How to Win in Iraq--and How to Lose

The title is not mine, but that of an article from Commentary; an interesting magazine with a long history of reasoned discourse. Unfortunately, they tossed that all aside to come out with the curve that supports the current "surge" in Iraq. While there are some nice historical parallels included herein, the piece is one of a kind with the current illusionary thinking that we can still "win" in Iraq, as though there were not a major geopolitical blunder currently underway but as though it was merely just a slow start that had us behind at halftime and that we could still pull this one out by putting in the replacement players.


Below is my attempt to elucidate the editors; let's see how much of this - if any - makes it into the letters column.

Dear Editor:
Re - How to win in Iraq-and how to lose.
Accepting all of the premises within this article as fact - that it was political defeats at home that led to military defeats for both the US and France in our respective misadventures in Vietnam and Algeria - there seems to be a strangely myopic obfuscation of the outcomes above, which in turn precludes sight of other, better potential outcomes in Iraq.
Who cares that France was forced to leave Algeria? By what right did they have to be there in the first place? How was the second half of the 20th century on up to today diminished because France was not still the colonial master of Algeria?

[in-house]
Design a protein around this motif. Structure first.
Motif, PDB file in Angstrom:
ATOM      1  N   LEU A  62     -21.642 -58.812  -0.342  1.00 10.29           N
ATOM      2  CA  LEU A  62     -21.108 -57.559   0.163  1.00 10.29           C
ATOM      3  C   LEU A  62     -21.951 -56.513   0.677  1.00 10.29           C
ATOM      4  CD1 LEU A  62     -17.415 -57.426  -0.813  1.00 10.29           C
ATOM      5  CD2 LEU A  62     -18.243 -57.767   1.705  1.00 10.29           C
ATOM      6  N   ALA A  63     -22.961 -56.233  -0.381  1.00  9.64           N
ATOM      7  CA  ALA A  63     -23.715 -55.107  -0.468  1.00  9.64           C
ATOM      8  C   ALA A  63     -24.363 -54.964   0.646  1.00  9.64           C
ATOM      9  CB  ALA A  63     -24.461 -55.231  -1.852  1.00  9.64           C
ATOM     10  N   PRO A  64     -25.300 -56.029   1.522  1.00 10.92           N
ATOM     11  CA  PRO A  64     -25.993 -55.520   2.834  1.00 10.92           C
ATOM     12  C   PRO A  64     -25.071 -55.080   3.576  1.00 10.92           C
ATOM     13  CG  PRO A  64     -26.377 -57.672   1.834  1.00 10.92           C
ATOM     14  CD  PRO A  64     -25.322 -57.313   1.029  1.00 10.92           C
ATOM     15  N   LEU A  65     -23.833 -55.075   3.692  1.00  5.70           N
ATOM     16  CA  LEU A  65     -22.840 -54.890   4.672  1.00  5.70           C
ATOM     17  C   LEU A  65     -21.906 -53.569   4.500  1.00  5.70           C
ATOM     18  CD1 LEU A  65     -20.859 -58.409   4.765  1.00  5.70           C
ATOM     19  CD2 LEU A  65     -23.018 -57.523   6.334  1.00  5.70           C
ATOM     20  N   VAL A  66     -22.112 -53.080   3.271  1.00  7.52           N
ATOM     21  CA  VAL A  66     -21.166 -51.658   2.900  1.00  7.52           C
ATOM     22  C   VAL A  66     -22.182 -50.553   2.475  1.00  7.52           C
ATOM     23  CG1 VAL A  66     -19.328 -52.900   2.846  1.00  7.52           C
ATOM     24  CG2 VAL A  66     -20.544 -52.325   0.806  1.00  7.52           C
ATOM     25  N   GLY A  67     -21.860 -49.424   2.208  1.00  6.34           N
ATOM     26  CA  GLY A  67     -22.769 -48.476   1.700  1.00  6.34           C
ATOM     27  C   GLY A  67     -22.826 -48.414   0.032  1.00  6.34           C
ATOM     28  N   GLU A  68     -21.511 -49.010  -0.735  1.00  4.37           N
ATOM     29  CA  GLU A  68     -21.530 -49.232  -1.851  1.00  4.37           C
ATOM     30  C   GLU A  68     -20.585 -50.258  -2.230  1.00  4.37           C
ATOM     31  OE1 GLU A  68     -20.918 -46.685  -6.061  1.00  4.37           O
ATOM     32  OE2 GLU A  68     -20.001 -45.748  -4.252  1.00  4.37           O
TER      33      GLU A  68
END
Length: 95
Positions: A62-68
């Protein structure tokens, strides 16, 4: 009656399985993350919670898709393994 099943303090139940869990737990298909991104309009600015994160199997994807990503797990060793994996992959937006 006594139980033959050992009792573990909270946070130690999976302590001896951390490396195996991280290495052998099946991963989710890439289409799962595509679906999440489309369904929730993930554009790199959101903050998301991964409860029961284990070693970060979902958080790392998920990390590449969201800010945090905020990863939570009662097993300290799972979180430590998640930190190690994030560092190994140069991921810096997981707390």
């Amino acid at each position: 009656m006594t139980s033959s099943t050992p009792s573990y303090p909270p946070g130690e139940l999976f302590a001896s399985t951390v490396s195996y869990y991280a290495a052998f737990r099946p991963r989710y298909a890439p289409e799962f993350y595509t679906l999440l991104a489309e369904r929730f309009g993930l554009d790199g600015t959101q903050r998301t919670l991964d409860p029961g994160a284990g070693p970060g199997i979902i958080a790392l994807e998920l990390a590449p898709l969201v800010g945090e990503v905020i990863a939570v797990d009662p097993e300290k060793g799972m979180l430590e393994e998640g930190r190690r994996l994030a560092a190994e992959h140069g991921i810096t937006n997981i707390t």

Who cares that the US was forced to leave and the "country" of South Vietnam was removed from the political map of the world? By what right did the US have to be in Southeast Asia? What "threat" did a communist Vietnam make against the US and when did that threat cease to exist - if it ever did?
Above lies the thinnest thread, by which you might be able to pull yourselves out of the modern day morass of Iraq. There was no threat to France from Algeria in the 1950s; just a reduction in their own mythical self-importance as a colonial empire. There was no threat to the US from Vietnam in the 1960s; merely a theoretical, invisible cold war against the USSR that we chose to wage in other lands for our own reasons (or was it China we were fighting in Vietnam, Laos and Cambodia?). Similarly - there was no threat to the US in 2003 from Iraq. There was indeed a hypothetical one from a former ally gone rogue - but Saddam Hussein was effectively contained by the conditions of the cease fire to the Gulf War of 1991. This is now established as fact evident to all by the lack of his ownership or control of any weapons that might enable him to threaten any nation anywhere in the world. If there is one fact that this sad endeavor has proved beyond doubt it is this: Saddam was a paper tiger.